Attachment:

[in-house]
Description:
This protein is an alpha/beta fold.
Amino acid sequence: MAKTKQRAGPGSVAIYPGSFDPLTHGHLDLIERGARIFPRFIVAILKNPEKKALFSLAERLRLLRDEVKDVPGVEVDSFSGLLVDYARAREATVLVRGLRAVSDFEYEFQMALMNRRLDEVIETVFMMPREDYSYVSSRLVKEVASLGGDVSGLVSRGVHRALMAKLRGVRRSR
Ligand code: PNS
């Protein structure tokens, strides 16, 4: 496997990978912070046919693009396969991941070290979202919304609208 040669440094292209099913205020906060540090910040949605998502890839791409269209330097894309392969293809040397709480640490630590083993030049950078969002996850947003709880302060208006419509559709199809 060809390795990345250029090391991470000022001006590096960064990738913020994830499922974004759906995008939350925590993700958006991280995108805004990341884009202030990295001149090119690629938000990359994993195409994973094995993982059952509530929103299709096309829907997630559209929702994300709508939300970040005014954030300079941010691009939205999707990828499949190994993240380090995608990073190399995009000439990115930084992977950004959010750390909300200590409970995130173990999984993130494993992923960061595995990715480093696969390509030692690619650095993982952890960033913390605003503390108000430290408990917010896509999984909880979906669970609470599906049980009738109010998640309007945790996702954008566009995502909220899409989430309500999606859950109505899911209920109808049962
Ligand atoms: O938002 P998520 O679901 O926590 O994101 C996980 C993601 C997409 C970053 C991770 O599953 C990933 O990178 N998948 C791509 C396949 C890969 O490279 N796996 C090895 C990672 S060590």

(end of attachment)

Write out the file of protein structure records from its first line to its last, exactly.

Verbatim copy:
[in-house]
Description:
This protein is an alpha/beta fold.
Amino acid sequence: MAKTKQRAGPGSVAIYPGSFDPLTHGHLDLIERGARIFPRFIVAILKNPEKKALFSLAERLRLLRDEVKDVPGVEVDSFSGLLVDYARAREATVLVRGLRAVSDFEYEFQMALMNRRLDEVIETVFMMPREDYSYVSSRLVKEVASLGGDVSGLVSRGVHRALMAKLRGVRRSR
Ligand code: PNS
């Protein structure tokens, strides 16, 4: 496997990978912070046919693009396969991941070290979202919304609208 040669440094292209099913205020906060540090910040949605998502890839791409269209330097894309392969293809040397709480640490630590083993030049950078969002996850947003709880302060208006419509559709199809 060809390795990345250029090391991470000022001006590096960064990738913020994830499922974004759906995008939350925590993700958006991280995108805004990341884009202030990295001149090119690629938000990359994993195409994973094995993982059952509530929103299709096309829907997630559209929702994300709508939300970040005014954030300079941010691009939205999707990828499949190994993240380090995608990073190399995009000439990115930084992977950004959010750390909300200590409970995130173990999984993130494993992923960061595995990715480093696969390509030692690619650095993982952890960033913390605003503390108000430290408990917010896509999984909880979906669970609470599906049980009738109010998640309007945790996702954008566009995502909220899409989430309500999606859950109505899911209920109808049962
Ligand atoms: O938002 P998520 O679901 O926590 O994101 C996980 C993601 C997409 C970053 C991770 O599953 C990933 O990178 N998948 C791509 C396949 C890969 O490279 N796996 C090895 C990672 S060590």